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Pak, Afghanistan vow to work for stability

Islamabad, Aug. 6: Pakistan and Afghanistan today concluded the second joint ministerial commission meeting with mutual pledges to work for political and economic stability in both countries.

Pakistan’s finance minister Shaukat Aziz and his Afghan counterpart Ashraf Ghani headed the talks. Pakistan promised to repair and upgrade the road connecting the Torkham border check post with Jalalabad, the capital of the eastern Afghan province of Ningarhar, as soon as possible.

Pakistan offered to train employees of Afghanistan’s banking, accounting, and postal services. It also removed six items from the list of goods that Afghan traders are allowed to import via Pakistan under the 1965 Transit Trade Agreement.

Aziz said the meeting was very productive and hoped the next instalment, to be held in Kabul later this year, would accelerate bilateral trade and cooperation between the two countries.

Pakistan’s exports to Afghanistan during the last fiscal was $435 million compared to imports worth $35 million only.

Responding to a question from journalists on whether Afghanistan was making any effort to improve Pakistani investment in the country, Ashraf Ghani, a banker and a former World Bank official, said: “It is a question of reason not of emotions and reason dictates that we work to improve our economies and facilitate each other.”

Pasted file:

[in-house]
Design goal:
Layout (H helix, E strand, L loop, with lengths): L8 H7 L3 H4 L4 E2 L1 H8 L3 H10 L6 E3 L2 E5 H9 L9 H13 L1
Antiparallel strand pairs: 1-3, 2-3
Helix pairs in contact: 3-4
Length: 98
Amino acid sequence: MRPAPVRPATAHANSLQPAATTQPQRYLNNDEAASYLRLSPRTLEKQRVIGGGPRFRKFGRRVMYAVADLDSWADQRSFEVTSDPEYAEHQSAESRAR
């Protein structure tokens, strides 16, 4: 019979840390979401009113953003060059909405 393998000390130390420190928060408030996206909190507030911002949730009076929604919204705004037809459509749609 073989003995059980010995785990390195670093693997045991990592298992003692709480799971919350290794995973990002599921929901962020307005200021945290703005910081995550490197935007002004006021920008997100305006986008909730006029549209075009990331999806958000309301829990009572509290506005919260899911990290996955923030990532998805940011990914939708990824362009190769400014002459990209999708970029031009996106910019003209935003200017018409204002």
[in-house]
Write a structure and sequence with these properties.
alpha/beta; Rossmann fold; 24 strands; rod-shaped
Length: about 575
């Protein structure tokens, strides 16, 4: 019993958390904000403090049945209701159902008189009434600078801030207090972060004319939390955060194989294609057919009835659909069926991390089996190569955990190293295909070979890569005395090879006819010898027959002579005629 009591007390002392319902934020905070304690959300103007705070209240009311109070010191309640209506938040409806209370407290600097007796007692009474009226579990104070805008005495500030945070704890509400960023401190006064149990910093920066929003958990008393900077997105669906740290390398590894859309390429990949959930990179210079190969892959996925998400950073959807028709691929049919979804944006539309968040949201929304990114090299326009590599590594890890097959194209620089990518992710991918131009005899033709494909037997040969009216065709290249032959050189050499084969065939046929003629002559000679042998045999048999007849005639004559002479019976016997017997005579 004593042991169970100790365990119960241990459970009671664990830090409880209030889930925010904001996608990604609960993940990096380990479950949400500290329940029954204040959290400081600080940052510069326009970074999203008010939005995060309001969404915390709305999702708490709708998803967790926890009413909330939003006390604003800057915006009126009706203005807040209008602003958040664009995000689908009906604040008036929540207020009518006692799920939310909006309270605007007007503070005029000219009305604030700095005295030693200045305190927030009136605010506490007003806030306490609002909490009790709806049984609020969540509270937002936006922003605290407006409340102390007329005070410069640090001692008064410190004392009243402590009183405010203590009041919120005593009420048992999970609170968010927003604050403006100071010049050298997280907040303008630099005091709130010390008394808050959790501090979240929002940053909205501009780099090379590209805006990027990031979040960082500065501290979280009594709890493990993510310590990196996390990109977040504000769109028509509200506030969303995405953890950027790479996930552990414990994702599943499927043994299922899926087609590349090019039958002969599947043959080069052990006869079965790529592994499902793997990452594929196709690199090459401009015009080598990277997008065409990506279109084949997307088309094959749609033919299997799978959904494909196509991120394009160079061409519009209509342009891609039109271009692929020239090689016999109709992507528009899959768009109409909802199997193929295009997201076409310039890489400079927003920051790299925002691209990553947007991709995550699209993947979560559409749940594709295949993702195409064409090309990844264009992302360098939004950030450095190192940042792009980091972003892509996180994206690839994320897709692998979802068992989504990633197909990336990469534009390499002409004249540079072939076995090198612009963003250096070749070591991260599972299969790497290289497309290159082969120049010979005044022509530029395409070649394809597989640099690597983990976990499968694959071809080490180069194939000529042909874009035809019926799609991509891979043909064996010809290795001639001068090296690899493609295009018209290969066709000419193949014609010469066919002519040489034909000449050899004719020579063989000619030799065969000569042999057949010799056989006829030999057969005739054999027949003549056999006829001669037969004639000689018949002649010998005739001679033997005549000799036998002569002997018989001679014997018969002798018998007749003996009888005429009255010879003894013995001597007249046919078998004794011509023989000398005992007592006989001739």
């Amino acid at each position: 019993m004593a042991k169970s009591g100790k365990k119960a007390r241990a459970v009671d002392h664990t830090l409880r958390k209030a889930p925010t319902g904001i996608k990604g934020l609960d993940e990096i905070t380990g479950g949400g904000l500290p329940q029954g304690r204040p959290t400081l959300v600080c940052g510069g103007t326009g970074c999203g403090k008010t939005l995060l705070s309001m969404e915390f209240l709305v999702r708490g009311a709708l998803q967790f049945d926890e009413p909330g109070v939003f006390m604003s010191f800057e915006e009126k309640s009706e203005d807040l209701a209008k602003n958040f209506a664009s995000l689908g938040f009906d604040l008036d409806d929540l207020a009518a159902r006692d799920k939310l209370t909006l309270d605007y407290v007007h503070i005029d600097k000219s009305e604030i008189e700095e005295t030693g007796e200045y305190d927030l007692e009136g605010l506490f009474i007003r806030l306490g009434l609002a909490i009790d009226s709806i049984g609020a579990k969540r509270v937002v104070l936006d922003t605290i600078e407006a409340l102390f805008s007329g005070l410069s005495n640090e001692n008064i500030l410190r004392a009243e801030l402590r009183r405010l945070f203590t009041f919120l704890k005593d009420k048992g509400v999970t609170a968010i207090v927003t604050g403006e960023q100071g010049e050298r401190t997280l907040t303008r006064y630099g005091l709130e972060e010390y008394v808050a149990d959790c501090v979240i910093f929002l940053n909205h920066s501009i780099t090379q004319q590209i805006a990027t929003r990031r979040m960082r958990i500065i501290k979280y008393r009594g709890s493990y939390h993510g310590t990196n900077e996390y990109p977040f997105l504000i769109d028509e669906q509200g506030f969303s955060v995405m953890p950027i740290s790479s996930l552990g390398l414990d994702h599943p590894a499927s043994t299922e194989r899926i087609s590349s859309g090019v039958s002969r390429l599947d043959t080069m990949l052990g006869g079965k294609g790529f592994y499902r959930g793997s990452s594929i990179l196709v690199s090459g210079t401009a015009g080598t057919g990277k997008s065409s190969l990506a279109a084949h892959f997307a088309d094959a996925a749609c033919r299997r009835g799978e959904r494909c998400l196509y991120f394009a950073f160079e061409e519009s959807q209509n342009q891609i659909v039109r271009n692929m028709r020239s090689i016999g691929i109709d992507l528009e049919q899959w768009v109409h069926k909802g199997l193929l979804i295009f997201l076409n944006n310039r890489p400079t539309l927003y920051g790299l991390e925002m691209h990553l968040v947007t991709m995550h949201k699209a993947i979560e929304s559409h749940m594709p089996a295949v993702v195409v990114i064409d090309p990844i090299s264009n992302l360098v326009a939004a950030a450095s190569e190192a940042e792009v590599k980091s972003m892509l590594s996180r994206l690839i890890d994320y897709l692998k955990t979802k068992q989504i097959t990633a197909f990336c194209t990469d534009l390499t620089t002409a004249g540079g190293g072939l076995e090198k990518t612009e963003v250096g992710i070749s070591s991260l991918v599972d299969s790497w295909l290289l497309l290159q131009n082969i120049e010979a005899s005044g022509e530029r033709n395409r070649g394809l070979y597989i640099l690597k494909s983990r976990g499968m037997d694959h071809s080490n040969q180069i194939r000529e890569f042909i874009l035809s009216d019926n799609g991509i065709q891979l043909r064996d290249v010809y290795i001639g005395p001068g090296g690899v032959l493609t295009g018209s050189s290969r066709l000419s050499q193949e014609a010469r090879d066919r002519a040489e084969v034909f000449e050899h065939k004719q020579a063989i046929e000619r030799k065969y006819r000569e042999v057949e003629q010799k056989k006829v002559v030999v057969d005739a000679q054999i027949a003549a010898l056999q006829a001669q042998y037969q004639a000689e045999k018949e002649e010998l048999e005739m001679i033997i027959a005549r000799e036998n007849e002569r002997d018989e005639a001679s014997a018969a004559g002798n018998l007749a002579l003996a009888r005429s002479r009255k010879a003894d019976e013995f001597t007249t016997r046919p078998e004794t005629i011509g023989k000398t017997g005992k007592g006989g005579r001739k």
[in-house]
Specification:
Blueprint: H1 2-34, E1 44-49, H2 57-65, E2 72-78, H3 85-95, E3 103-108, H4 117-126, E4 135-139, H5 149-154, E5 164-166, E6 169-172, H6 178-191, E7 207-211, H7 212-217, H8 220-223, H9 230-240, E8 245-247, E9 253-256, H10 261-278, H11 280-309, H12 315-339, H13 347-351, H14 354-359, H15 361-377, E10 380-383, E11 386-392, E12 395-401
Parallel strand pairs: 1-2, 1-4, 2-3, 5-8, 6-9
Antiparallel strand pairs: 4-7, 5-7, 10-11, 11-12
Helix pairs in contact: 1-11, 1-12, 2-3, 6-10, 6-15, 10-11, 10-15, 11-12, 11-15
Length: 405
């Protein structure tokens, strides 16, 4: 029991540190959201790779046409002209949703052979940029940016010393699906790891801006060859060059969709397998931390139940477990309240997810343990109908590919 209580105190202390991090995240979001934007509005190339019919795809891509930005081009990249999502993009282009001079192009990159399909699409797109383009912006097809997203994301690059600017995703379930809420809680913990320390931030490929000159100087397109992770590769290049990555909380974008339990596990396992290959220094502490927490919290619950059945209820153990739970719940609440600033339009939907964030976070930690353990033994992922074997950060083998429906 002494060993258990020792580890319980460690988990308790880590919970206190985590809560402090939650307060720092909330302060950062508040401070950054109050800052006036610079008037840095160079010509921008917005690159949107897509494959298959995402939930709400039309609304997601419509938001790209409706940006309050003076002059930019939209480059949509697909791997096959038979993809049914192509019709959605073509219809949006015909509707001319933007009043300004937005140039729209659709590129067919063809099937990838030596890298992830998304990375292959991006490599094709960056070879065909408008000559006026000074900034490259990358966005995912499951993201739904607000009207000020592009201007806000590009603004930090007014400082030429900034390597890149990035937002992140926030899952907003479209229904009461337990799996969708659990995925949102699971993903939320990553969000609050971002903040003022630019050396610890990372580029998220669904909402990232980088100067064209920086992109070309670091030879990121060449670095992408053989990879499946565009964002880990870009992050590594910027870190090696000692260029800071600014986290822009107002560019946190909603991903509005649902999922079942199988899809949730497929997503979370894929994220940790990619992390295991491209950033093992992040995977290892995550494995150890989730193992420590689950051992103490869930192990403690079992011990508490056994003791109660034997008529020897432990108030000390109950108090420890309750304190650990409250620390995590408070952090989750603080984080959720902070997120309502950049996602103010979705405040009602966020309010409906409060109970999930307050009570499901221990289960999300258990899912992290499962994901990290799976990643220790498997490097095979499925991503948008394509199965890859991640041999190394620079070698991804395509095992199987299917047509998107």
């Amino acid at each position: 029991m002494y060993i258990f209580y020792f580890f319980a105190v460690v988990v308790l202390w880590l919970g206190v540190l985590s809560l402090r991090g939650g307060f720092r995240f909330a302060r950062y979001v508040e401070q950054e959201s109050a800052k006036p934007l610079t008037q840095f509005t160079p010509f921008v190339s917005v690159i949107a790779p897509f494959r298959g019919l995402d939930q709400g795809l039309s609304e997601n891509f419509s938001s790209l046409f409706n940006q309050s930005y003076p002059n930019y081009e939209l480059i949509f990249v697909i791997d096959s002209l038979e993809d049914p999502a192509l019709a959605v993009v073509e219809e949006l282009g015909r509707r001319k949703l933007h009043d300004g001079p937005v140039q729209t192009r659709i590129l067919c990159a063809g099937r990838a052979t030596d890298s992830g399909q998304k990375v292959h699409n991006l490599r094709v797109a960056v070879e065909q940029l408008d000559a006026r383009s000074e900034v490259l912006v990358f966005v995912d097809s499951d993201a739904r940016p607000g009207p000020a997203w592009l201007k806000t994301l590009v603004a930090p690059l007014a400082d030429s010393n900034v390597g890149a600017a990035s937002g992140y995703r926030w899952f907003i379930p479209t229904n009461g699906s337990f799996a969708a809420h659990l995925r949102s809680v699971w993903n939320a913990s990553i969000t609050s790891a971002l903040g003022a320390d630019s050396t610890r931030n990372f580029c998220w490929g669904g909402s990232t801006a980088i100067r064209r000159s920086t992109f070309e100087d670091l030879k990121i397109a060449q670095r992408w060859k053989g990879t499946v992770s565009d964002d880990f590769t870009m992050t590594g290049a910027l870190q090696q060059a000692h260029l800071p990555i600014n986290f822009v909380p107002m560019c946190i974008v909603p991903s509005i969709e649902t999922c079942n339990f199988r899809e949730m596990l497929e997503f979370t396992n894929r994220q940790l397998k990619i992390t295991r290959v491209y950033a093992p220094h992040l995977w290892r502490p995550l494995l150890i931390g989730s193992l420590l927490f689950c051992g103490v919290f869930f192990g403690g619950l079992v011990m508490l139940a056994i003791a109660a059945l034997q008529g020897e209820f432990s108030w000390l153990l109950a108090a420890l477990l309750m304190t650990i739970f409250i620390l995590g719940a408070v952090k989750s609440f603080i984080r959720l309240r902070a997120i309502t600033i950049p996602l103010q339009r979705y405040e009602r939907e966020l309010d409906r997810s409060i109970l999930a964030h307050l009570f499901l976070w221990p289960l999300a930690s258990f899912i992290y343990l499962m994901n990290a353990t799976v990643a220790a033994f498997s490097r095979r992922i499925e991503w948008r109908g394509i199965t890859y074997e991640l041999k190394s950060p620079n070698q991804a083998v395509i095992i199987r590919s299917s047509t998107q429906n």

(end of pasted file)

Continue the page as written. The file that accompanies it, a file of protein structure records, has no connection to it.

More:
“We will provide a level playing field to Pakistani banks seeking to set up operations in my country… but the quality of the services is the factor that is going to count whatever we decide,” Ghani said.

The Afghan finance minister urged Islamabad to forget the past and look at a future relationship based on equality and mutual respect.

On the Gwadar port, which is under construction, 500 km west of Karachi, Ghani said: “We hope Gwadar becomes a port of peace… a hub of trading activity for the entire region.” Gwadar offers the shortest trading route to landlocked Afghanistan, Tajikistan, Turkmenistan and Uzbekistan.

However, the two ministers avoided questions relating to Anwarul Haq Ahady, Afghanistan’s central bank governor, whose inflamatory speech instigated an armed attack on the Pakistani embassy in Kabul on July 8.

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